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Wednesday, September 26, 2007 

dont chop anything

Dont chop anything

I heard these words on a Christmas after I had had 11 trips around the sun.
I received an axe for use on camping trips that I imagined myself taking.
It was a beautiful axe. It had a short handle and a cool sheath that covered the blade.

It was perfect for packing in a backpack and using for most chores.
I knew from all the old crusty mountain men that I knew that if you were lost in the wilderness if you had an axe you could take care of your self for any period of time.
It would be nice to have a gun and of course a knife and a tent would make life a little easier, oh and maybe 70 pounds of pork and beans, and perhaps some water would be nice too, but you had to have an axe, and now I had one.

The first thing I did was, sharpen my axe. It came with a blade about as sharp as a hubbard squash, and any good 11 year old knows that will not do. I sharpened my axe until it would shave the hair off of my 11-year-old arm.
I demonstrated this to my mother; she sighed, and wandered off mumbling that she should have taken a pill. I never did understand

I immediately went out in the yard searching for something to chop. I found a power pole my father had erected in the back yard to supply electricity to his workshop. I gave it a whack. A large piece of wood flew from the pole. Moments latter a large piece of wood flew to my behind. Dad had spotted me whacking the pole and had picked up a piece of wood from his work shop and snuck up behind me and popped me a good one.

I decided to search for a better source of chopping. Dad pointed to a tree in the pasture that he did not particularly like and told me to go cut it down.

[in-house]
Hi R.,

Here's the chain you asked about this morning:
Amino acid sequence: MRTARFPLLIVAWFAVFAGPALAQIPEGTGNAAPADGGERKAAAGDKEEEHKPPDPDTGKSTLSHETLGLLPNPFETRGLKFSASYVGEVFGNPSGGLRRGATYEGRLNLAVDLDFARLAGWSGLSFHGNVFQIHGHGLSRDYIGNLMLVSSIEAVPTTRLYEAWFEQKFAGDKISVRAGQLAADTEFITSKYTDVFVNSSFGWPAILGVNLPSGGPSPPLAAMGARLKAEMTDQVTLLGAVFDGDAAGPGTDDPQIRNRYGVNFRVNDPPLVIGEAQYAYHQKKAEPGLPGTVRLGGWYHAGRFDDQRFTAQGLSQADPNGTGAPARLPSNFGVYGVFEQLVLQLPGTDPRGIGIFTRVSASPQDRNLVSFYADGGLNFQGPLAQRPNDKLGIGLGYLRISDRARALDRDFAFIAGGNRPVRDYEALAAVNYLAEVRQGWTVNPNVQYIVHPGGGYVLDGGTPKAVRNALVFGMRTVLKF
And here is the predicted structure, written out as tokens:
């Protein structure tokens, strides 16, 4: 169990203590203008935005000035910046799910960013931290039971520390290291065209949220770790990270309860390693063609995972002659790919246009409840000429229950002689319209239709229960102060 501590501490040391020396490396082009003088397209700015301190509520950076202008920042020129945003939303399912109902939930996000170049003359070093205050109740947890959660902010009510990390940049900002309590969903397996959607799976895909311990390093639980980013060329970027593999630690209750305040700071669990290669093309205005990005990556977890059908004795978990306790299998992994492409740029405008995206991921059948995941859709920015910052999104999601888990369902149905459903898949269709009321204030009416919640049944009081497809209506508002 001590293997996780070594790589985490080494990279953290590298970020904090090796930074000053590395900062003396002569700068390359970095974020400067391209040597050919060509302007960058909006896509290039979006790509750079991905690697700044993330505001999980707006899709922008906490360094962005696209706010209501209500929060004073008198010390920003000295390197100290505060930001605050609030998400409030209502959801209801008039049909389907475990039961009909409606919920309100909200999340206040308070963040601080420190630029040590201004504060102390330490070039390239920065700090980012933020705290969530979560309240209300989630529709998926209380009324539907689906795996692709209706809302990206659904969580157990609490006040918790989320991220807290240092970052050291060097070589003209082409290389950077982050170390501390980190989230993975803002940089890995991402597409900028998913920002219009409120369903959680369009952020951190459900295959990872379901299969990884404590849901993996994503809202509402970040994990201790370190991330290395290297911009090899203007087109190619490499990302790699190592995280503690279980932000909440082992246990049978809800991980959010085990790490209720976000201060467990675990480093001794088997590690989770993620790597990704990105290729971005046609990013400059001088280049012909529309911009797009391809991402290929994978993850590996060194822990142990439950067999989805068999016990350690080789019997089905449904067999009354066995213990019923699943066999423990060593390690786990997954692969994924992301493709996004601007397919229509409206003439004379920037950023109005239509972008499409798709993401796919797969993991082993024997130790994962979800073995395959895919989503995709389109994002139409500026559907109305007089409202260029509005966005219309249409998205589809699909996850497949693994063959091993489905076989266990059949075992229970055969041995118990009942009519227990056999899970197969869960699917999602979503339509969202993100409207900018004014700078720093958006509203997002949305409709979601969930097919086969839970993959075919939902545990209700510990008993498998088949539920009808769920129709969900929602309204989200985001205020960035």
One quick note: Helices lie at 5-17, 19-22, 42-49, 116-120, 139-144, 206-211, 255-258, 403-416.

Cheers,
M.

I found out latter he pointed it out thinking that it would keep me busy for the better part of the summer.

The tree in question was a sycamore tree. It was 8 feet around and was shading a large portion of a hayfield. For those of you who do not know shade is not good on a hayfield. And Sycamore trees produce an annoying amount of balls the size of golf balls that cause problems on certain hay bailers namely ours. It is also hard.

I attacked the tree with a fervor that can only be described as the passion of an 11-year-old woodsman. After about an hour I had a notch carved in the tree about the size of a ham sandwich. As a matter of fact Fat Head Murphy my next door neighbor came over and told me “Boy you been chopping on that tree all day and have cut a notch smaller that this ham sandwich I am eating”. I thanked him and went back to chopping.
After two weeks I finally made a notch large enough for a drink of water and that notch to this day holds a glass jar that the tree has grown to.

Latter I accidentally chopped up some azaleas, a close line pole, a barn door, and the string that held together some round bales of hay. Then somehow the axe disappeared. I assume I lost it, at least that is what mom said. When I was 25 it reappeared when I was trying to clear off a fencerow and had broken the handle of a friendly double bitted axe. Oddly I had managed to misplace it all those years ago in the back of my mother’s closet.
It has proved to be quite useless in cutting wood. It is as if Excalibur had been reduced to a butter knife. It is too small and too short to really fell trees or brush, so I figure I will give it to my son when he is old enough to handle an axe. I am sure I will tell him

“don’t chop anything”.

Snagley out.